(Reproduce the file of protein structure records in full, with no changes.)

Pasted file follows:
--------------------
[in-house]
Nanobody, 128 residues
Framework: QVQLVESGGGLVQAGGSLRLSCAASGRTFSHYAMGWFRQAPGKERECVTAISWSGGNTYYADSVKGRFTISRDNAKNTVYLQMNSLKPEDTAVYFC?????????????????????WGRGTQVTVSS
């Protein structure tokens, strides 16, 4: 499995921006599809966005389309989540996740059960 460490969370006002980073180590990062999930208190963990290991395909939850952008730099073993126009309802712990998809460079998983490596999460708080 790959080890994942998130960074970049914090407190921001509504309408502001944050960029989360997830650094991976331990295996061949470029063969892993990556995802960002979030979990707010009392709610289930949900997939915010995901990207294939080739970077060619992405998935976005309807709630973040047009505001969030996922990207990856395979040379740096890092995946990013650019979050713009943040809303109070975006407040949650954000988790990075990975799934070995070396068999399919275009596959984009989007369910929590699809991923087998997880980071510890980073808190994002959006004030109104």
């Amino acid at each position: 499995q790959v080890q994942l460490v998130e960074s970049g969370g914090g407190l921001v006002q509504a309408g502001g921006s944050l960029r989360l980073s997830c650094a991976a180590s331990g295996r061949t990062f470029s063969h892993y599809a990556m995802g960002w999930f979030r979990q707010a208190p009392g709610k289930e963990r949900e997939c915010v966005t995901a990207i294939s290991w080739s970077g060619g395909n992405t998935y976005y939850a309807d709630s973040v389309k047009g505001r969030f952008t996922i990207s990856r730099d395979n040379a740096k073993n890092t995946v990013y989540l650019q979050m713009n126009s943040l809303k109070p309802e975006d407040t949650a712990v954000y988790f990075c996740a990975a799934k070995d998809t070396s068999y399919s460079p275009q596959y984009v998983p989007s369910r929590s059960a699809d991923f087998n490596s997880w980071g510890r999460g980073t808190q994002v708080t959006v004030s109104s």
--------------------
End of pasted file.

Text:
[in-house]
Nanobody, 128 residues
Framework: QVQLVESGGGLVQAGGSLRLSCAASGRTFSHYAMGWFRQAPGKERECVTAISWSGGNTYYADSVKGRFTISRDNAKNTVYLQMNSLKPEDTAVYFC?????????????????????WGRGTQVTVSS
């Protein structure tokens, strides 16, 4: 499995921006599809966005389309989540996740059960 460490969370006002980073180590990062999930208190963990290991395909939850952008730099073993126009309802712990998809460079998983490596999460708080 790959080890994942998130960074970049914090407190921001509504309408502001944050960029989360997830650094991976331990295996061949470029063969892993990556995802960002979030979990707010009392709610289930949900997939915010995901990207294939080739970077060619992405998935976005309807709630973040047009505001969030996922990207990856395979040379740096890092995946990013650019979050713009943040809303109070975006407040949650954000988790990075990975799934070995070396068999399919275009596959984009989007369910929590699809991923087998997880980071510890980073808190994002959006004030109104």
């Amino acid at each position: 499995q790959v080890q994942l460490v998130e960074s970049g969370g914090g407190l921001v006002q509504a309408g502001g921006s944050l960029r989360l980073s997830c650094a991976a180590s331990g295996r061949t990062f470029s063969h892993y599809a990556m995802g960002w999930f979030r979990q707010a208190p009392g709610k289930e963990r949900e997939c915010v966005t995901a990207i294939s290991w080739s970077g060619g395909n992405t998935y976005y939850a309807d709630s973040v389309k047009g505001r969030f952008t996922i990207s990856r730099d395979n040379a740096k073993n890092t995946v990013y989540l650019q979050m713009n126009s943040l809303k109070p309802e975006d407040t949650a712990v954000y988790f990075c996740a990975a799934k070995d998809t070396s068999y399919s460079p275009q596959y984009v998983p989007s369910r929590s059960a699809d991923f087998n490596s997880w980071g510890r999460g980073t808190q994002v708080t959006v004030s109104s």